I don't think it was entirely director Marc Forster's fault - more David Benioff's script. Sure, Hosseini's astounding debut novel is one with so many emotional layers, memorable sequences and narrative-enhancing sub-plots it was always going to be a difficult task to deliver everything the story offered, but Benioff's de... More
Posted by Steviej40 at 17:59, 19 January 2008 | Report This Post
bland in parts, amazing in others. it'd get four stars if only the main character wasn't so dilikable. ... More
Posted by shawshank prisoner at 23:44, 07 January 2008 | Report This Post
The Kite Runner is a superb film - with an enriching and sentimental journey into complex relationships , the wondrous kite scenes . Top marksshould be awarded for the acting , everyone, turns in subtle, deft and believable performances.
Posted by moviemaniac2 at 16:42, 05 January 2008 | Report This Post
I have never read the book so cannot judge whether or not this is a good adaptation. What I did find is that I was totally absorbed for the whole running time, and that's not what I had expected. Some of the finest writing and acting in years make The Kite Runner a moving and uplifting experience. The number of times that I had to hold back tears meant that I was quite glad that the story didn't take the predictable route I was expecting after the first act. If they had ... More
Posted by Gazdance at 10:41, 04 January 2008 | Report This Post
I've never read the book, so can't fairly comment about the films portrayal of the story. Yet the film itself was beautifully moving & yet painful at the same time. The cast where superb, in particular the young Hassan & Amir who's friendship will pull at your heart strings. The film had the right amount of drama & action thrown in to keep the story afloat. & the kite scenes may induce vertigo =)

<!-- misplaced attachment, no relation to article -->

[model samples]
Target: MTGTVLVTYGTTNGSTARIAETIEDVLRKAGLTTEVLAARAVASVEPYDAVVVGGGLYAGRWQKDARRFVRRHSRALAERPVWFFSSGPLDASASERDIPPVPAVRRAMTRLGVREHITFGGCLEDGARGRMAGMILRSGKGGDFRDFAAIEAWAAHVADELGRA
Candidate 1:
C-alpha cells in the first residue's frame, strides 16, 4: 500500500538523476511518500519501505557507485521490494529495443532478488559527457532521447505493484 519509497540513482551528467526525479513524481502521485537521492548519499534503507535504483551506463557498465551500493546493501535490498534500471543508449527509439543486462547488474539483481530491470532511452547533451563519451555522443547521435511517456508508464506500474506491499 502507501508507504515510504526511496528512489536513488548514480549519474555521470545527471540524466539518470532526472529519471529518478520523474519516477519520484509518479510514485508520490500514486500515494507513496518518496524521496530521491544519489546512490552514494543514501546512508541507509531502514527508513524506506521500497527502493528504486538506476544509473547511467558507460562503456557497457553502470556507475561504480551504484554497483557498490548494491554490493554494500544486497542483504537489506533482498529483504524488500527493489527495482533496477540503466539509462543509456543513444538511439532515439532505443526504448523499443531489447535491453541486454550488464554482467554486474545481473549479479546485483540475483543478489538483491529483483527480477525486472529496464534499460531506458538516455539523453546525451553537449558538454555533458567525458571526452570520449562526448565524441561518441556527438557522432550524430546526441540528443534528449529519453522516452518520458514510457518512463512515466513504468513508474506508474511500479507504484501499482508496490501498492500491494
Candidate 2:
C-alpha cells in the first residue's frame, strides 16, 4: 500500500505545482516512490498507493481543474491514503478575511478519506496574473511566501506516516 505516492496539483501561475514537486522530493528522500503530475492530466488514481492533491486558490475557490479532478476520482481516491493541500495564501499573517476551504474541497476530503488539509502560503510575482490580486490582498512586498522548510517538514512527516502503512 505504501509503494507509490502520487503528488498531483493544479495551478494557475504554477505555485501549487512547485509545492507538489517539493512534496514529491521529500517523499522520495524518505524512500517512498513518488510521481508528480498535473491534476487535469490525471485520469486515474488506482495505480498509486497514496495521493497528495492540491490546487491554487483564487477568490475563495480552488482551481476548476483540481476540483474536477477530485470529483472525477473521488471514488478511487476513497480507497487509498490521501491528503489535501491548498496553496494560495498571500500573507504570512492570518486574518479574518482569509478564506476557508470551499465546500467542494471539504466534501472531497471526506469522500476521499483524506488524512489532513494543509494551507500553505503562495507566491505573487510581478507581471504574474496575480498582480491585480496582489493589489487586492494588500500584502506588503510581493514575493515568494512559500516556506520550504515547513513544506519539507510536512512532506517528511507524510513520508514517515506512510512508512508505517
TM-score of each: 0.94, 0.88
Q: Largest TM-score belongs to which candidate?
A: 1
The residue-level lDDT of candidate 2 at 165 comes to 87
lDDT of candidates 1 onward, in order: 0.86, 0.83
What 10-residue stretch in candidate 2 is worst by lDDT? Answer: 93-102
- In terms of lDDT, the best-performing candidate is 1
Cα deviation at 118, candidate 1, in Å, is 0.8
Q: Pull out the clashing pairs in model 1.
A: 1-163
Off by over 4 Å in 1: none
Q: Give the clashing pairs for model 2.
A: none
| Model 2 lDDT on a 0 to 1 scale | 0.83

One other note, it's best to wear waterproof mascara. I cried more here than at A... More
Posted by Kittys_Gremlin at 10:05, 20 December 2007 | Report This Post
I had never seen a Marc Foster film, so I had no idea what he was going to make of the book, but I thought he did just about as much justice as possible to the book without making it too much of anyway. I really really enjoyed this, though I thought it lacked a bit on the emotional side comapared with the book, but thats possibly because I alredy knew the story. I thought the children were brilliant actors, especially Hassan. I also thought in a strange way, young Amir and older Amir looked simi... More
Posted by maahinkeelhaulisaiah at 15:25, 19 December 2007 | Report This Post
Solid (if heavy-handed, melodramatic, and clearly Oscar-baiting) filmmaking. Not quite one of the best films of the year, but worthwhile nonetheless. ... More
Posted by helios at 00:13, 17 December 2007 | Report This Post
I actually thought this one of the best films of the year so far. Hosseini's book is quite rightly seen as one of the finest debut novels of the last decade, and anyone trying to bring it to the big screen certainly has their work cut out in portraying his story properly without succumbing to the usual problems of time constraints and interfering studios who merely want it to get bums on seats. As such I thought that Forster did a commendable job. Yes, the film lacks the depth and characterisati... More
Posted by justinwc at 20:08, 08 December 2007 | Report This Post